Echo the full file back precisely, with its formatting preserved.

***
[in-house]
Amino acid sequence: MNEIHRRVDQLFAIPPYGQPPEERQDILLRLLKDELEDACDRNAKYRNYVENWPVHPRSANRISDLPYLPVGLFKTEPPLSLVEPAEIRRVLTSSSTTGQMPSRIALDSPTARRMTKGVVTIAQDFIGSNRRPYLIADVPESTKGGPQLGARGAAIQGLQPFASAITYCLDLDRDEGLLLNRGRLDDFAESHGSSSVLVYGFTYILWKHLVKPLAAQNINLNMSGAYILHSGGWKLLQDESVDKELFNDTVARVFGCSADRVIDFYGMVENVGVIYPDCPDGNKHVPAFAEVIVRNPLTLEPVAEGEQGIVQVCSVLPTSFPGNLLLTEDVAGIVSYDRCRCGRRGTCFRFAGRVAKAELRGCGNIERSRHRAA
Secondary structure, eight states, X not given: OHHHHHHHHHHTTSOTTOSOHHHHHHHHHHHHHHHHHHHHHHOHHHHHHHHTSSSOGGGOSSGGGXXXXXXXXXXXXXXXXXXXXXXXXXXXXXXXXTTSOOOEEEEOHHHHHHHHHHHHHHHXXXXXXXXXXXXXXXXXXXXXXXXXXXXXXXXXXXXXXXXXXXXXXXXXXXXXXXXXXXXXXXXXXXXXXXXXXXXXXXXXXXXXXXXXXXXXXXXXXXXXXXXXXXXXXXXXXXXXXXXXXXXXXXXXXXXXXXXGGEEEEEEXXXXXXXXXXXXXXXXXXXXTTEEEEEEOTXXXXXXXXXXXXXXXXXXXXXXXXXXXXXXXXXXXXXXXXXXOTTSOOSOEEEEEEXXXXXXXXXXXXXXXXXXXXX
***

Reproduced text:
[in-house]
Amino acid sequence: MNEIHRRVDQLFAIPPYGQPPEERQDILLRLLKDELEDACDRNAKYRNYVENWPVHPRSANRISDLPYLPVGLFKTEPPLSLVEPAEIRRVLTSSSTTGQMPSRIALDSPTARRMTKGVVTIAQDFIGSNRRPYLIADVPESTKGGPQLGARGAAIQGLQPFASAITYCLDLDRDEGLLLNRGRLDDFAESHGSSSVLVYGFTYILWKHLVKPLAAQNINLNMSGAYILHSGGWKLLQDESVDKELFNDTVARVFGCSADRVIDFYGMVENVGVIYPDCPDGNKHVPAFAEVIVRNPLTLEPVAEGEQGIVQVCSVLPTSFPGNLLLTEDVAGIVSYDRCRCGRRGTCFRFAGRVAKAELRGCGNIERSRHRAA
Secondary structure, eight states, X not given: OHHHHHHHHHHTTSOTTOSOHHHHHHHHHHHHHHHHHHHHHHOHHHHHHHHTSSSOGGGOSSGGGXXXXXXXXXXXXXXXXXXXXXXXXXXXXXXXXTTSOOOEEEEOHHHHHHHHHHHHHHHXXXXXXXXXXXXXXXXXXXXXXXXXXXXXXXXXXXXXXXXXXXXXXXXXXXXXXXXXXXXXXXXXXXXXXXXXXXXXXXXXXXXXXXXXXXXXXXXXXXXXXXXXXXXXXXXXXXXXXXXXXXXXXXXXXXXXXXXGGEEEEEEXXXXXXXXXXXXXXXXXXXXTTEEEEEEOTXXXXXXXXXXXXXXXXXXXXXXXXXXXXXXXXXXXXXXXXXXOTTSOOSOEEEEEEXXXXXXXXXXXXXXXXXXXXX